Yet while the “personal” character of these violations may well complicate the task of establishing the legitimacy of an inquiry, it does not follow that the president’s role in a criminal election law conspiracy is appropriately overlooked in judging the constitutional standards for impeachment. At most, it suggests the importance of Congress’s dealing soberly with this issue—step-by-step, beginning with inquiry and with due care. Whether Congress treats the prosecution and investigation in question as material fit for examination in an impeachment inquiry will determine how, in the future, the norms governing initiation of the impeachment process are construed.
It is reasonable to set the bar for impeachment high, but it matters just how high. The country has arrived at the point where presidents have it both ways: They have immunity from indictment while in office, consistent with opinions issued by the Office of Legal Counsel, and comprehensive protection under an extremely high standard for impeachment. Impeachment is routinely pictured as constitutional armageddon—something that must be avoided if possible at all costs, to spare the country from constitutional crisis.
This view has resulted in unduly restrictive interpretations of the scope of impeachment that, for example, rule out liability for “maladministration” even in cases of gross neglect of office and systematic violations of the oath of office. In a recent study published by the Cato Institute, Gene Healy maintains that this position is overstated and a misreading of constitutional history. Other commentators, such as Wittes and Jane Chong, have made similar arguments. This continues to be a minority position, though the Trump administration may mark the moment when it receives most closer attention.
It is easy to detect in some of these arguments for the high bar less a constitutional position than a prudential concern. Perhaps it is politically wiser for opponents of the president to just wait for the next, inevitable revelations, which may expose violations more serious or more compelling than the campaign finance investigation. Along these lines, soon-to-be Speaker of the House Nancy Pelosi has cautioned her caucus against hasty impeachment, arguing: “We must wait to see the entire picture and then engage the American people about how we go forward as a nation. We must protect the integrity of the Mueller investigation, so that the American people can get the full truth.” A similar instinct may be animating the suggestion—newly popular in the wake of the Cohen plea—that the Justice Department should rethink its bar against indictment of a sitting president. Mueller, known for his by-the-book nature, seems to us unlikely to pursue this approach. But some may see the advantage of promising proof beyond a reasonable doubt provided by the executive branch under widely agreed-upon legal standards, rather than the necessarily more contested standards by which the legislature weights the commission of “high crimes and misdemeanors.”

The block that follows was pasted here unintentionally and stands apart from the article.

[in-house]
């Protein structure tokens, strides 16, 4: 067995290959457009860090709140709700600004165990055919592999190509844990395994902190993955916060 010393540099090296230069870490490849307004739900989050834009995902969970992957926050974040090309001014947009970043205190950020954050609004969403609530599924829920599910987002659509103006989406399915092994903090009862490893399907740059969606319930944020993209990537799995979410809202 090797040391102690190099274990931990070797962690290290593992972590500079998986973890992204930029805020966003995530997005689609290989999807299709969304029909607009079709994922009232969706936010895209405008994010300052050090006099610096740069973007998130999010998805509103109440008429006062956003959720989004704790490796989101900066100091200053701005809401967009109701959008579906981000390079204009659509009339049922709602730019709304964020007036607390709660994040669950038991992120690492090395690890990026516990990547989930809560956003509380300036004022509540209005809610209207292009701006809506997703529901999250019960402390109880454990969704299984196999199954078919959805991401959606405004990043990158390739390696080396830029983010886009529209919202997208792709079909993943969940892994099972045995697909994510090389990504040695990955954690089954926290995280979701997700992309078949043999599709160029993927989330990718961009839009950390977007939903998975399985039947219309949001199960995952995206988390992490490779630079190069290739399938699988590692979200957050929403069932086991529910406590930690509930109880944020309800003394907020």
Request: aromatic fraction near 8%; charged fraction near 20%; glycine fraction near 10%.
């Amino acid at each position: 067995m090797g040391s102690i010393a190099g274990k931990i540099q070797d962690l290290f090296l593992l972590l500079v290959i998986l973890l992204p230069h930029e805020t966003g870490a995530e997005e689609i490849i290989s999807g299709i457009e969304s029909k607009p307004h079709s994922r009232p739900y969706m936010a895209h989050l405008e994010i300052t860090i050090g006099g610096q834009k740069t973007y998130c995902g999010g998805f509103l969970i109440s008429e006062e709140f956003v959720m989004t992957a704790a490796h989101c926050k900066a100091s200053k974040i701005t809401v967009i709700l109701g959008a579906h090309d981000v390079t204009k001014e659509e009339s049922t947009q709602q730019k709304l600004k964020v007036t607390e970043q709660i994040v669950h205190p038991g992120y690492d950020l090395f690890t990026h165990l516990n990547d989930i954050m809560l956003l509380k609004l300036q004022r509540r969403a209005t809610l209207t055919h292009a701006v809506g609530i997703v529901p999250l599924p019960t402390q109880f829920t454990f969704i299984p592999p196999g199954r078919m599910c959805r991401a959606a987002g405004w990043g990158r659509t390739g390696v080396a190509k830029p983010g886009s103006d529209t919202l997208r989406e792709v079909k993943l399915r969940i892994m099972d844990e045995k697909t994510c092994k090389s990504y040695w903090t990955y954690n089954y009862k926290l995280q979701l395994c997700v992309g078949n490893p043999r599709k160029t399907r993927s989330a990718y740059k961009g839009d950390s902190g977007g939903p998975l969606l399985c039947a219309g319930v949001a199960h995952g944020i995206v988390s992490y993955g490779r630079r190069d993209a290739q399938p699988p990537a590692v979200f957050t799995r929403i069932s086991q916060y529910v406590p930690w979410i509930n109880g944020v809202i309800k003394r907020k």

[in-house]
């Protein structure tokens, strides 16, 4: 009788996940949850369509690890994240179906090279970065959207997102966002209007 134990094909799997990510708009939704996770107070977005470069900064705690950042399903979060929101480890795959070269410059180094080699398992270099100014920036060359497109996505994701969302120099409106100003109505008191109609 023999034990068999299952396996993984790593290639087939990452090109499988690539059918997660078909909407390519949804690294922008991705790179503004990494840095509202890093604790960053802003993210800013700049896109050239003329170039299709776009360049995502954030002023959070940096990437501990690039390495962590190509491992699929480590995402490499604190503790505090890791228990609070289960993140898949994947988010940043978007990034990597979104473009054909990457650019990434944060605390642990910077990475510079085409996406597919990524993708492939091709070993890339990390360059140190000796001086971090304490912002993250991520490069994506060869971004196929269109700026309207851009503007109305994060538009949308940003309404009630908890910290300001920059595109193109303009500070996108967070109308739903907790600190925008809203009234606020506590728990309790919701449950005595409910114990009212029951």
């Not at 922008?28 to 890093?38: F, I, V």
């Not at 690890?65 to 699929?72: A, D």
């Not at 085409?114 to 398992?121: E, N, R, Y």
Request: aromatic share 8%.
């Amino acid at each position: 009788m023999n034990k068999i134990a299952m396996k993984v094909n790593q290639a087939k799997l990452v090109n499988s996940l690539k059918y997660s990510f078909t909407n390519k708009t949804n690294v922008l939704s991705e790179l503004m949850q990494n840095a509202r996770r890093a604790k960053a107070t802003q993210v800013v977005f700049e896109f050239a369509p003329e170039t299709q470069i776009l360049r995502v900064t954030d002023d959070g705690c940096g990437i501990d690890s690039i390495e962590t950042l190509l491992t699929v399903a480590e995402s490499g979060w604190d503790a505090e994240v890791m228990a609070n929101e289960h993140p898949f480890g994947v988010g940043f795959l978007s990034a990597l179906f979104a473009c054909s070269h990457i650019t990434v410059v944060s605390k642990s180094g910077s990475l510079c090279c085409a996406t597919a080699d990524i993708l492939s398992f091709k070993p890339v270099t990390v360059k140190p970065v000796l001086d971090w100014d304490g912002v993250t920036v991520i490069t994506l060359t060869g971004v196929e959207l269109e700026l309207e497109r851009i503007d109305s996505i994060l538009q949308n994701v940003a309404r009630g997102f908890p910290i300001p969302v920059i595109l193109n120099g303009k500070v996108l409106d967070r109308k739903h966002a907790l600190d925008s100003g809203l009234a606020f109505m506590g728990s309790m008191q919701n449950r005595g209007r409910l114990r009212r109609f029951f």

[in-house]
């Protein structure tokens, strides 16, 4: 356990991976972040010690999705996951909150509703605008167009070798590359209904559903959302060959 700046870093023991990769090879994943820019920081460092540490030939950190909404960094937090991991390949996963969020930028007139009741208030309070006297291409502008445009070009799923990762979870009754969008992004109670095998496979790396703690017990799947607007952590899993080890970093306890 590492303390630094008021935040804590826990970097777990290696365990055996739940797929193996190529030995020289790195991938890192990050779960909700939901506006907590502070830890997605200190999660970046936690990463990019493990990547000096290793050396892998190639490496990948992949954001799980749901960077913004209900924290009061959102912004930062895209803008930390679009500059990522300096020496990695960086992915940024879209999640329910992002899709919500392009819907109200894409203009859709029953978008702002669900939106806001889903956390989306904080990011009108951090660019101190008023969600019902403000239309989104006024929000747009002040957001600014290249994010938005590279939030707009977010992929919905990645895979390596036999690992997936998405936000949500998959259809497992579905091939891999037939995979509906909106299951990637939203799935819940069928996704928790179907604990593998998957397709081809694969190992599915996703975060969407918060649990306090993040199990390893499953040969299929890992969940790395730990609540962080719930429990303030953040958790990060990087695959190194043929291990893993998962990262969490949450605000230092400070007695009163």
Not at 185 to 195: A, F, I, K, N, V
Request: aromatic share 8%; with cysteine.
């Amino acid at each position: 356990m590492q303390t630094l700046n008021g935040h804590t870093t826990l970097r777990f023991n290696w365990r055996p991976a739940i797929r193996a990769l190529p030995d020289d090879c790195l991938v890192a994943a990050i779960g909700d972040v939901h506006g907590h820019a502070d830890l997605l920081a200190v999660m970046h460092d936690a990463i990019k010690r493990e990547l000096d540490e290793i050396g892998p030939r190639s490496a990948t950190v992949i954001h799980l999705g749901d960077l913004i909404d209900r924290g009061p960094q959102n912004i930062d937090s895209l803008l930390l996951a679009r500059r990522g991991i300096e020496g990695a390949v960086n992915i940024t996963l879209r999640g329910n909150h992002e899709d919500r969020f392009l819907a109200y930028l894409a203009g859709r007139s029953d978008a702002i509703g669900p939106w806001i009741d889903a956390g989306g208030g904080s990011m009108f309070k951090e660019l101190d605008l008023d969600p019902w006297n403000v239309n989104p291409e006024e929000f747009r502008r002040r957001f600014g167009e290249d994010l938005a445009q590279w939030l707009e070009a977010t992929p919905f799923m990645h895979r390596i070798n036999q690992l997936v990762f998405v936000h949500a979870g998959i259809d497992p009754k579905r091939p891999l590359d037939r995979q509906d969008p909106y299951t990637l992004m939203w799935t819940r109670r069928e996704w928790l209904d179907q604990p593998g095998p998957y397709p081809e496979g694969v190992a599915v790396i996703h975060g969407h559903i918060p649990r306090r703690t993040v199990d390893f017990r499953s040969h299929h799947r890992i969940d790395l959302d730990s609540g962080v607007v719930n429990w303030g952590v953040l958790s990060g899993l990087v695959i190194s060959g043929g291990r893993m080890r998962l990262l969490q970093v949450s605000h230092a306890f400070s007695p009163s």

These concerns about impeachment based on a criminal campaign finance conspiracy are fair enough: We concluded our first piece with the prediction that the House would act on the campaign finances only in conjunction with the review of other impeachable offenses. But it is important to remain clear about the significance of the Cohen/AMI investigation. The issue is whether Congress should eventually and formally inquire into them, the first step in the sequence that may lead to hearings and a vote on impeachment. Another way of asking the question is: If, however unlikely, this is all that ever did surface about presidential misconduct, would it warrant an inquiry? We believe that it would.
For Congress to disregard or minimize these criminal offenses is to establish a record, sure to be cited in the future, that an impeachment inquiry is not warranted for this level of presidential misconduct: a president’s leading role in a criminal conspiracy that he directed to win office, that extended into his term, and about which he lied to the American public. The result would be that this president—who is constantly lowering the bar for acceptable conduct—can count on a high constitutional standard to escape congressional scrutiny of his fitness to hold office.